Child Actors at any point in their careers might be asked to perform in a project with “edgy” or “controversial” elements that are out of the ordinary for them and potentially out of your family’s comfort zone. These storyline elements might include stunts, weapons work, foul language, prostitution, sexual situations, racial issues, horror, smoking, slavery, abduction, alcohol or drug use, nudity, incest, pregnancy/abortion, pedophilia, child abuse, political or religious issues, and even potential physical danger.
The list of potential scenarios goes on and on, and while it may sound extreme it’s a very real possibility one or more of these elements may be present in a film or TV role your child reads for. Using older examples so as to not point fingers at any current minor performers, think about Linda Blair in The Exorcist, Jody Foster’s character Iris in Taxi Driver, almost every movie Brooke Shield’s performed in before age 18 (Pretty Baby, Blue Lagoon, Endless Love), the elementary age cast of The Bad News Bears, the coming of age film Thirteen, the shoot’em up thriller The Professional, or even smaller roles that were extreme like the little girl who is horrifically brutalized, gang-raped and murdered in the opening scene of A Time to Kill.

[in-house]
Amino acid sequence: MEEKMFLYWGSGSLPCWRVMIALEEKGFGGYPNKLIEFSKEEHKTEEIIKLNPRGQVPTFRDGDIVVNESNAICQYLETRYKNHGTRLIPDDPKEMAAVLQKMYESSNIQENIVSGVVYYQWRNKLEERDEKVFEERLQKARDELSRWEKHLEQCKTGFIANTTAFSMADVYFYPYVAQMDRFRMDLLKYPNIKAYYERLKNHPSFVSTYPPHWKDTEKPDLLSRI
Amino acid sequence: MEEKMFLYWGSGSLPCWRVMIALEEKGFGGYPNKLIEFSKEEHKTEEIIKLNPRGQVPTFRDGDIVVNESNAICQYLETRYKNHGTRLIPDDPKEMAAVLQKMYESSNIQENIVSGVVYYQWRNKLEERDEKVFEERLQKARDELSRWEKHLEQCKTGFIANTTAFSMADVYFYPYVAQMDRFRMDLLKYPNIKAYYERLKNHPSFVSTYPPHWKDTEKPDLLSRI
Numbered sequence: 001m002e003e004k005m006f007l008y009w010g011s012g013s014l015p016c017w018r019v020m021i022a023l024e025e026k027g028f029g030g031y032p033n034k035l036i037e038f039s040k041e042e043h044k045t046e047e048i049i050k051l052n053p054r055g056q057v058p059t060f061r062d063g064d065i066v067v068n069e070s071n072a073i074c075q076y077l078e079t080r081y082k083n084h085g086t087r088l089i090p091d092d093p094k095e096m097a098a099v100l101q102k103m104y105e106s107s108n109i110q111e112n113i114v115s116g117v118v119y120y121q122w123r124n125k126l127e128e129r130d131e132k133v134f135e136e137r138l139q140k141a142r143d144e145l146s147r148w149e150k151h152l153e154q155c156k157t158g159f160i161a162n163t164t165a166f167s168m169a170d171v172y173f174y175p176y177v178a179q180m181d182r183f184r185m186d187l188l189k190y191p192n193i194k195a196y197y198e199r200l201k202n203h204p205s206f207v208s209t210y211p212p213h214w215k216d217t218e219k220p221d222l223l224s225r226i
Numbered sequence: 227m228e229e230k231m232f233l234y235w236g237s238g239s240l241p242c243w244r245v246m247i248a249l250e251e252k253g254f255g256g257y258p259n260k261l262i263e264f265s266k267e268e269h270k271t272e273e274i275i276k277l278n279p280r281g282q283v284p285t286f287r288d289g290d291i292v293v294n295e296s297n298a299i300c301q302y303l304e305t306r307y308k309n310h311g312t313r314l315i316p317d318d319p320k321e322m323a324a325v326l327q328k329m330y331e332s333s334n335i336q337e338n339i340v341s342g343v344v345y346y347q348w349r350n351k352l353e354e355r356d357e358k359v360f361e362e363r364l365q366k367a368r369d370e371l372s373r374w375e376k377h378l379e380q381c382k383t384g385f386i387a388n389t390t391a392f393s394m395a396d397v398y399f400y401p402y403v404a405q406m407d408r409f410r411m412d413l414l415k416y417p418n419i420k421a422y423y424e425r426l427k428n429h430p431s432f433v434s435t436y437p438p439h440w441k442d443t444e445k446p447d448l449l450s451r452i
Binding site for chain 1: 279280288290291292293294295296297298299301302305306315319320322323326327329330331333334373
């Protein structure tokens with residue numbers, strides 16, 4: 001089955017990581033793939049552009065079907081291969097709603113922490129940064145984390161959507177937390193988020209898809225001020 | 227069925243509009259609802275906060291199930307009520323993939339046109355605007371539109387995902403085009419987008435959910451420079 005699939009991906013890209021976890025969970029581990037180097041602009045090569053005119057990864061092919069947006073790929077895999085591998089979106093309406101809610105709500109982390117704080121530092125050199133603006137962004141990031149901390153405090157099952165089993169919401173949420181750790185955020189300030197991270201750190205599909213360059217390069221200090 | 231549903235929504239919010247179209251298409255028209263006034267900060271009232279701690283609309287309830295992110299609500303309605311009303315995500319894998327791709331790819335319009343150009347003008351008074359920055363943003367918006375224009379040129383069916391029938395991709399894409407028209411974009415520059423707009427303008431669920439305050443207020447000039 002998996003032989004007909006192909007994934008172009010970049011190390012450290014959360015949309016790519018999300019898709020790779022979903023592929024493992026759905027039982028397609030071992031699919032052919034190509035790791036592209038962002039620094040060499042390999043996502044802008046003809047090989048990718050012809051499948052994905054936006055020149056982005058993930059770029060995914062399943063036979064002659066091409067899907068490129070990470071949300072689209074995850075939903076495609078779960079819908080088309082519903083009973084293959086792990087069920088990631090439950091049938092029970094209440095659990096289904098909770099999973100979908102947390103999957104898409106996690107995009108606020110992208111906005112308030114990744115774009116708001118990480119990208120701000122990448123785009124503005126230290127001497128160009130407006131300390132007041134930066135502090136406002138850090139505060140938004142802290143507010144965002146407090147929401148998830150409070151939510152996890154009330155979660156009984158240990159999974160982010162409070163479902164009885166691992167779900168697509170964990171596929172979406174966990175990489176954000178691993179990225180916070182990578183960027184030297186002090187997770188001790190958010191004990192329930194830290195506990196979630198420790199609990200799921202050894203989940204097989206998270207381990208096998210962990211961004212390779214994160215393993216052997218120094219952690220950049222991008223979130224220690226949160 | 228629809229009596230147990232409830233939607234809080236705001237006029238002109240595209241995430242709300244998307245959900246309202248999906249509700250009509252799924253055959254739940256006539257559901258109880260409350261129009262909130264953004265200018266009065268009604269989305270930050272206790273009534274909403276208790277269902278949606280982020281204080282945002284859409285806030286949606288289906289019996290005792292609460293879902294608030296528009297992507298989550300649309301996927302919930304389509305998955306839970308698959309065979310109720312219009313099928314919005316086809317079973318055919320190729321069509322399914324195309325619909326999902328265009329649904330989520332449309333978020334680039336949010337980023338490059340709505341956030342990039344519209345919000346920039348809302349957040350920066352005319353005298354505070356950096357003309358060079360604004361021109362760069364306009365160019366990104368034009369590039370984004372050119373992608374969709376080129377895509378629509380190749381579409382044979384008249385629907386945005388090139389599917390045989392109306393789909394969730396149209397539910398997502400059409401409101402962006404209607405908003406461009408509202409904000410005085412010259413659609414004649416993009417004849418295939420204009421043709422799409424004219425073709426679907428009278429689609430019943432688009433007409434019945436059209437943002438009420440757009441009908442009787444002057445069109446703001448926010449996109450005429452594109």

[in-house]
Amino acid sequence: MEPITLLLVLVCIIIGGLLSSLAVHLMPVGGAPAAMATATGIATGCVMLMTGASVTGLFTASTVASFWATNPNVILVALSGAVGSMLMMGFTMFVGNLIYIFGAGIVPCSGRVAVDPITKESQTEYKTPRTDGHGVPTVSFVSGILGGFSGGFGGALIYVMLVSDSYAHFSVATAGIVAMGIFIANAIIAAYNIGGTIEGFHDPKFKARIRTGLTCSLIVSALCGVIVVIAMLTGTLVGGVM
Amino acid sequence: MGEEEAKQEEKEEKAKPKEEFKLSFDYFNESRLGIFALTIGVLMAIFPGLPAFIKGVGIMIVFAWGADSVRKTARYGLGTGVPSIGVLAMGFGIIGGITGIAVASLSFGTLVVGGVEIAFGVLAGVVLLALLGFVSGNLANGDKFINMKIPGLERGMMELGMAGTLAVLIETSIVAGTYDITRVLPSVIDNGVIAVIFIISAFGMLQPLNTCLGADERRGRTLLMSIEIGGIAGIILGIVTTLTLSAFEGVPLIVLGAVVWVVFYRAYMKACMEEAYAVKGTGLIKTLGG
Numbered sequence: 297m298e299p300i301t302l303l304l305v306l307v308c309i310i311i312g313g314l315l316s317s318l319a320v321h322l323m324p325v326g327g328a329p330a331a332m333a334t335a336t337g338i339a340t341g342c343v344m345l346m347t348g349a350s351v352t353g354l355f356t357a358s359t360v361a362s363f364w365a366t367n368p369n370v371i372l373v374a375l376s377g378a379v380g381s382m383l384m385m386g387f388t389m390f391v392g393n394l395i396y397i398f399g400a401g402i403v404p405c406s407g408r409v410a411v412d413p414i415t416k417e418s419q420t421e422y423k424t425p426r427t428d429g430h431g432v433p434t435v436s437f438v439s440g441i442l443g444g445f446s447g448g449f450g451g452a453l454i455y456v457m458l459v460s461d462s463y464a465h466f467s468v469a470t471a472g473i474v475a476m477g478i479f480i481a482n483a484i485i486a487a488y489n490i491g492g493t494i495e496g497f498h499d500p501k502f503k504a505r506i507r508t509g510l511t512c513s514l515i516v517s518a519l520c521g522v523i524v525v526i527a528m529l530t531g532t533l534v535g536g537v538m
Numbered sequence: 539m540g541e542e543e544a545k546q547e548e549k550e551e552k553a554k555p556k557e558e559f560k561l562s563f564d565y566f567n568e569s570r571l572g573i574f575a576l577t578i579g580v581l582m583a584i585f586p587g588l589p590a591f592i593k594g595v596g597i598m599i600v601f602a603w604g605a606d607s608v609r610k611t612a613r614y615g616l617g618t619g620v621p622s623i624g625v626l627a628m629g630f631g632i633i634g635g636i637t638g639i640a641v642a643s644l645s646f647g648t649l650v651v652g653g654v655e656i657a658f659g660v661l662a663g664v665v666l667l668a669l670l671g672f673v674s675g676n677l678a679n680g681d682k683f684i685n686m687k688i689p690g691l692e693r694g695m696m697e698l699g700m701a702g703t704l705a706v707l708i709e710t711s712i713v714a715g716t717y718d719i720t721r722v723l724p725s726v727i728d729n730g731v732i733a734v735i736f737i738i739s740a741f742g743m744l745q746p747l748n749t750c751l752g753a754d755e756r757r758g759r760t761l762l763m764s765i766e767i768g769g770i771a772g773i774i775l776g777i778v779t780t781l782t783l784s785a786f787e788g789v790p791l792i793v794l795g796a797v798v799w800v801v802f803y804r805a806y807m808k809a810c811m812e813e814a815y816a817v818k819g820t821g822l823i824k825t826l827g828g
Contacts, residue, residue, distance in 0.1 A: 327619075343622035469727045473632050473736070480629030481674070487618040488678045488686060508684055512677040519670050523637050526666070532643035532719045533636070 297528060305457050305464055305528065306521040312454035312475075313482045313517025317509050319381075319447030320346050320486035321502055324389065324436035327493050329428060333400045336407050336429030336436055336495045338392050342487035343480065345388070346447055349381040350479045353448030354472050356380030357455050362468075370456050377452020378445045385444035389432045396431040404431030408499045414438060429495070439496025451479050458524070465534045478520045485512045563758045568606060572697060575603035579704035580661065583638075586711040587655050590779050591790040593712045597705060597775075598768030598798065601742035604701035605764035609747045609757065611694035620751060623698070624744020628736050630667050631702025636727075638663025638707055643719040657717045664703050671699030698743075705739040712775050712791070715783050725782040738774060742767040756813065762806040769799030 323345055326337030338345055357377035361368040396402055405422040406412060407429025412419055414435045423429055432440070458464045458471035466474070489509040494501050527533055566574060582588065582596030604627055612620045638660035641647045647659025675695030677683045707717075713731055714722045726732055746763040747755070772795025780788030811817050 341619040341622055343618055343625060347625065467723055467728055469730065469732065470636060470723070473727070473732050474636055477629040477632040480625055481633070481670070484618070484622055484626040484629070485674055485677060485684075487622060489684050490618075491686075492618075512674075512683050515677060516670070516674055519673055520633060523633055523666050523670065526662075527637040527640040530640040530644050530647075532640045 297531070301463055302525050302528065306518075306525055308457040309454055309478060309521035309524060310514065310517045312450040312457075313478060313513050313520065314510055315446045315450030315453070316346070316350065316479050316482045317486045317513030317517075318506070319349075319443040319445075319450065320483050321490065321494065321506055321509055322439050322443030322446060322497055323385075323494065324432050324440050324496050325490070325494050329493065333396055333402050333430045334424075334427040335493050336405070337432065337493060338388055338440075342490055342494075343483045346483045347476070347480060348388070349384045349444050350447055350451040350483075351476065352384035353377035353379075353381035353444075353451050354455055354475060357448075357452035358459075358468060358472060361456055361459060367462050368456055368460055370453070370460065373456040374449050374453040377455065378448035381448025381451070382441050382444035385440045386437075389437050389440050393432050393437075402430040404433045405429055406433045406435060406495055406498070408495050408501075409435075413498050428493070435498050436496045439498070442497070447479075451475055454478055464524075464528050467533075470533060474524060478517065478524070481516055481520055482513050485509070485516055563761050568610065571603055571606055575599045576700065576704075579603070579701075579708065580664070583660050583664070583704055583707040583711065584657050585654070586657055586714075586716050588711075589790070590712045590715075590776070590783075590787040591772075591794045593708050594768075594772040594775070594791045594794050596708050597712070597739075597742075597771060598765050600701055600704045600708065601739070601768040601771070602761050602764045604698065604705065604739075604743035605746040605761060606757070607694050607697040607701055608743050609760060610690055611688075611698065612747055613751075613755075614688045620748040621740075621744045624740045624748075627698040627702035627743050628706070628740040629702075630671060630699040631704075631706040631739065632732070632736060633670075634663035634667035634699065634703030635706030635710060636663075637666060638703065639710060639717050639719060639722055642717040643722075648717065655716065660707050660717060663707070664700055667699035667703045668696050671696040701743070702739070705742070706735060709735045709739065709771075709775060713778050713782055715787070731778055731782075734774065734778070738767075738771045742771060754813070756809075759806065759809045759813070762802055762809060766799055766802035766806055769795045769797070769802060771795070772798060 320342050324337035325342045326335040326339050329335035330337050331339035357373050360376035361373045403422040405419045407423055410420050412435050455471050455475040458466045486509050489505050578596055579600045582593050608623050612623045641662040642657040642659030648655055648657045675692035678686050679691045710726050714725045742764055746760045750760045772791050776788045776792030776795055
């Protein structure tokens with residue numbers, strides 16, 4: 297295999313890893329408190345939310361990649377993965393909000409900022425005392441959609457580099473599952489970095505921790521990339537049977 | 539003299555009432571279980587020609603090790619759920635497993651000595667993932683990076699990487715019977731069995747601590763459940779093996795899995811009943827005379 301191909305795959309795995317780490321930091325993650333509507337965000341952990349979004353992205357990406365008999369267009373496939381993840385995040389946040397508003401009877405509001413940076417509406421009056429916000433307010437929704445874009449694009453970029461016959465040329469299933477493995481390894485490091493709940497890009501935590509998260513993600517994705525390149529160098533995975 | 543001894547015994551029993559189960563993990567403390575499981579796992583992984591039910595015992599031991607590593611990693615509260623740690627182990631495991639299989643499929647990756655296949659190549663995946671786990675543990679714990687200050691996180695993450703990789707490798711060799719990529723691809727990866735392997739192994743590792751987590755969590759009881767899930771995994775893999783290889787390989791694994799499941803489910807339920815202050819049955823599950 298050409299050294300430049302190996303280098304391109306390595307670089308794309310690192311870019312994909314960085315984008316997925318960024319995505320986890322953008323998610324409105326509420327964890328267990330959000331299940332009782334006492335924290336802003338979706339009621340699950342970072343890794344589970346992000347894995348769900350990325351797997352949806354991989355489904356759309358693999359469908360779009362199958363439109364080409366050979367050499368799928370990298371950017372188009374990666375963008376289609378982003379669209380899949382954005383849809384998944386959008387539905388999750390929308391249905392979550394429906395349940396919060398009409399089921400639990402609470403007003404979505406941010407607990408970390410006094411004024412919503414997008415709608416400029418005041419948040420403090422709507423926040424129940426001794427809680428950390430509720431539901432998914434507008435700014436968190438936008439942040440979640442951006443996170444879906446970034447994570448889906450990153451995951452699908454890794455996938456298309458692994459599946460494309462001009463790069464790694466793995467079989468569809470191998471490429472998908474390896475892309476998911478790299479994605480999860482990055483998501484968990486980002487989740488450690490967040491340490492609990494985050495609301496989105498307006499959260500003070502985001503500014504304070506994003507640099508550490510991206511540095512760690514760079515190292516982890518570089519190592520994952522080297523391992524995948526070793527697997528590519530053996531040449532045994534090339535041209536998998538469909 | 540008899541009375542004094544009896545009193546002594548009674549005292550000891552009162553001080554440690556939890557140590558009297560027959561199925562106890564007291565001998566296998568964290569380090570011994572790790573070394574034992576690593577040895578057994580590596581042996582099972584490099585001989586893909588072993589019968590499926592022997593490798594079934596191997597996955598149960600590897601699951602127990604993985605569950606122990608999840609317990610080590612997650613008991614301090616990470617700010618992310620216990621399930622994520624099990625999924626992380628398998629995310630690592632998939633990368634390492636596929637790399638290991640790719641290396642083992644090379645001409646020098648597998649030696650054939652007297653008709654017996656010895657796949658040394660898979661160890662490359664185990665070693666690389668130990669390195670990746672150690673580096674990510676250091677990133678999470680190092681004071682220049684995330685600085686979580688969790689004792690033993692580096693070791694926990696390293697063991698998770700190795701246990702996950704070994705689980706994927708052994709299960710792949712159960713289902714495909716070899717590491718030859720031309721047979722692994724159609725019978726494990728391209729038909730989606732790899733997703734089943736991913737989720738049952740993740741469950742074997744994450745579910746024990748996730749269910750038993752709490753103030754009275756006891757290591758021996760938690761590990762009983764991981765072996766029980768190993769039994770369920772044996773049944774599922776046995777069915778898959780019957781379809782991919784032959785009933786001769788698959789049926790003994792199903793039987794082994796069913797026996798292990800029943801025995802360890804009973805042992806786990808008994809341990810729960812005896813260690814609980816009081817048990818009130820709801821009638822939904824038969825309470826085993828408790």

Anne Henry and Paula Dorn of Child Actor Advocacy organization Biz Parentz have put together a white paper of sorts addressing these issues and the very personal decision you may one day be forced to make regarding whether to abandon a role or move forward with one on your child’s behalf.
Their 15 tips & guidelines will help you make the right decision for your child and your family. Some of our favorites are:
- Set Your Family Boundaries
- Communicate with Your Child’s Agents and Manager
- Read the Whole Script not just the sides
- Google all People Involved with Production
- Look for Red Flags
- BE EMPOWERED- Know That You CAN say NO